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I have a shell script like the following -

find "." "Account" -maxdepth 1 -name "*.aspx" | xargs awk -f get_controls.awk

It passes multiple files to an awk script

BEGIN{
    FS="\""
}
...
/Src=/{
    printf("\t%s \r\n", $6);
}

I want to print out the current file name either from the shell script or from within awk at the start of the file.

Awk does know the current file name, it is in the FILENAME variable, but I can't determine the start of the file. I have tried (NR==1), but all the files are passed to awk as a stream and the value of NR keeps increasing.

Just figured it out as I type this. Will post answer below!

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2 Answers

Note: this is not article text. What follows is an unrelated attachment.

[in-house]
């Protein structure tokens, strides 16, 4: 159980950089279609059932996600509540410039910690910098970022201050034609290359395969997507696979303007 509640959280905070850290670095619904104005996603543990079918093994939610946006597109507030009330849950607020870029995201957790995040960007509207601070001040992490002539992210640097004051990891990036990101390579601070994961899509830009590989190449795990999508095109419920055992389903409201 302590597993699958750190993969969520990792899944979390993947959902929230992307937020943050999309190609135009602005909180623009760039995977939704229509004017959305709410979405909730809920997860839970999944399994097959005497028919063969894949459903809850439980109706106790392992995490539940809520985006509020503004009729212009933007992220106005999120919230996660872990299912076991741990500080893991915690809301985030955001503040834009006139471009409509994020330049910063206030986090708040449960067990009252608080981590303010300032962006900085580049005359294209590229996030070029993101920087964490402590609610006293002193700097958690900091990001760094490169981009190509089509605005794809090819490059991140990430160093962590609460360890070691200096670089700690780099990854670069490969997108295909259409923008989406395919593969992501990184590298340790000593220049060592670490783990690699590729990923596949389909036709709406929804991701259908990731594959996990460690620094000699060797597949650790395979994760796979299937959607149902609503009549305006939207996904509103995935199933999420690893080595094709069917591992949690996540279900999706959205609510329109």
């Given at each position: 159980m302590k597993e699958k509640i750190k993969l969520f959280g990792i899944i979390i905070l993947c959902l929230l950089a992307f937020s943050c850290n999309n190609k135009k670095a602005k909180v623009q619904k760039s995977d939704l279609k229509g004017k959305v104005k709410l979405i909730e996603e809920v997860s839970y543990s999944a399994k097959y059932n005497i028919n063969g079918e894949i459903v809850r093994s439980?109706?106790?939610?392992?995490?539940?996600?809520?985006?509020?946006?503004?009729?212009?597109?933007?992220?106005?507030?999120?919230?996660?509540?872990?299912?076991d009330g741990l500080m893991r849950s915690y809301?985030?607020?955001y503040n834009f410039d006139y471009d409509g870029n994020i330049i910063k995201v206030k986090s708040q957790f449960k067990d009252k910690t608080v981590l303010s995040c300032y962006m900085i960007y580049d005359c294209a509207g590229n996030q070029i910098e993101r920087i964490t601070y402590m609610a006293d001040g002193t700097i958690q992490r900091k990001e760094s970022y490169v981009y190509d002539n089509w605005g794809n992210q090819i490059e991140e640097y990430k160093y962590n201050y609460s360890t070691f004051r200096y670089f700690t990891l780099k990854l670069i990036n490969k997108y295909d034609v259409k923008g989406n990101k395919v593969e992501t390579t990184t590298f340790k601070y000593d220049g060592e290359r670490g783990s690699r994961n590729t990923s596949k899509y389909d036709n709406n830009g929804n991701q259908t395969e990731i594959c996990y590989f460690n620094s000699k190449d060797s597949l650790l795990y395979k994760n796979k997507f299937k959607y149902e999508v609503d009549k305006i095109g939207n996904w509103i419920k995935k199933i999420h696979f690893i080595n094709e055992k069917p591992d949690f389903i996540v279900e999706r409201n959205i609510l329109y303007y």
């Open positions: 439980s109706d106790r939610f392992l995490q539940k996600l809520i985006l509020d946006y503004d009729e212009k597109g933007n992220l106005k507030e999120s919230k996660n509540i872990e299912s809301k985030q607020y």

up vote 1 down vote accepted

In addition to NR, which counts all records processed thus far, awk has an FNR variable, which counts the records in the current file.

To print the filename when you see the first line of a file:

awk 'FNR == 1 {print "now processing " FILENAME}' file ...

If you have access to gawk, you also get, in addition to BEGIN and END blocks, BEGINFILE and ENDFILE blocks.

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thanks, did not know about FNR. –  bryan Sep 30 '11 at 20:16
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Here is what I figured out while typing the question, sometimes I forget to think of awk as a programming language.

#! /usr/bin/awk -f
BEGIN{
    FS="\""
    OLDFILENAME=""
}


/Src=/{
    if(OLDFILENAME != FILENAME) 
    {
          printf("\r\n%s  \r\n", FILENAME);
          OLDFILENAME=FILENAME
        }
    printf("\t%s \r\n", $6);
}
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